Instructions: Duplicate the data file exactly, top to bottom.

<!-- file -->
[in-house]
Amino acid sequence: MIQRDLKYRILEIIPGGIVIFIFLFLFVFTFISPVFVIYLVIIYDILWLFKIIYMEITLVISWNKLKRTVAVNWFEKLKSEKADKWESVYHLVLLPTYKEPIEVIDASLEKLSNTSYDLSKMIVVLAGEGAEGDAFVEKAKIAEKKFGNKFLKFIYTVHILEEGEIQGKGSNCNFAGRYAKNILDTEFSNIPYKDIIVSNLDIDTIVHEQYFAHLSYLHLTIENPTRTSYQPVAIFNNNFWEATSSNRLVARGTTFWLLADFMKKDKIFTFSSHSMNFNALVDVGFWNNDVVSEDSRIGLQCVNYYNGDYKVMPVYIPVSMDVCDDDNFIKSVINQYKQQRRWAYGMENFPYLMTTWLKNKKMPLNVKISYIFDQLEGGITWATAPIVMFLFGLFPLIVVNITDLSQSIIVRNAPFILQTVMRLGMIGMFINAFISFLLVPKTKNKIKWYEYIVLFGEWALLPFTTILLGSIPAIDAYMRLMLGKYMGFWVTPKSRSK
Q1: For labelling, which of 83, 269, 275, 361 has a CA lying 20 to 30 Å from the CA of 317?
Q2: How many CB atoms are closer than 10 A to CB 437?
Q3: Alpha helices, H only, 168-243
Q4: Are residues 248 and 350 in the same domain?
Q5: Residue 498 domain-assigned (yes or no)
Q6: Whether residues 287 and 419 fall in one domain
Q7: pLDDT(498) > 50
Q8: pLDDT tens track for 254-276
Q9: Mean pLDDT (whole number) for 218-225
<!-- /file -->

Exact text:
[in-house]
Amino acid sequence: MIQRDLKYRILEIIPGGIVIFIFLFLFVFTFISPVFVIYLVIIYDILWLFKIIYMEITLVISWNKLKRTVAVNWFEKLKSEKADKWESVYHLVLLPTYKEPIEVIDASLEKLSNTSYDLSKMIVVLAGEGAEGDAFVEKAKIAEKKFGNKFLKFIYTVHILEEGEIQGKGSNCNFAGRYAKNILDTEFSNIPYKDIIVSNLDIDTIVHEQYFAHLSYLHLTIENPTRTSYQPVAIFNNNFWEATSSNRLVARGTTFWLLADFMKKDKIFTFSSHSMNFNALVDVGFWNNDVVSEDSRIGLQCVNYYNGDYKVMPVYIPVSMDVCDDDNFIKSVINQYKQQRRWAYGMENFPYLMTTWLKNKKMPLNVKISYIFDQLEGGITWATAPIVMFLFGLFPLIVVNITDLSQSIIVRNAPFILQTVMRLGMIGMFINAFISFLLVPKTKNKIKWYEYIVLFGEWALLPFTTILLGSIPAIDAYMRLMLGKYMGFWVTPKSRSK
Q1: For labelling, which of 83, 269, 275, 361 has a CA lying 20 to 30 Å from the CA of 317?
Q2: How many CB atoms are closer than 10 A to CB 437?
Q3: Alpha helices, H only, 168-243
Q4: Are residues 248 and 350 in the same domain?
Q5: Residue 498 domain-assigned (yes or no)
Q6: Whether residues 287 and 419 fall in one domain
Q7: pLDDT(498) > 50
Q8: pLDDT tens track for 254-276
Q9: Mean pLDDT (whole number) for 218-225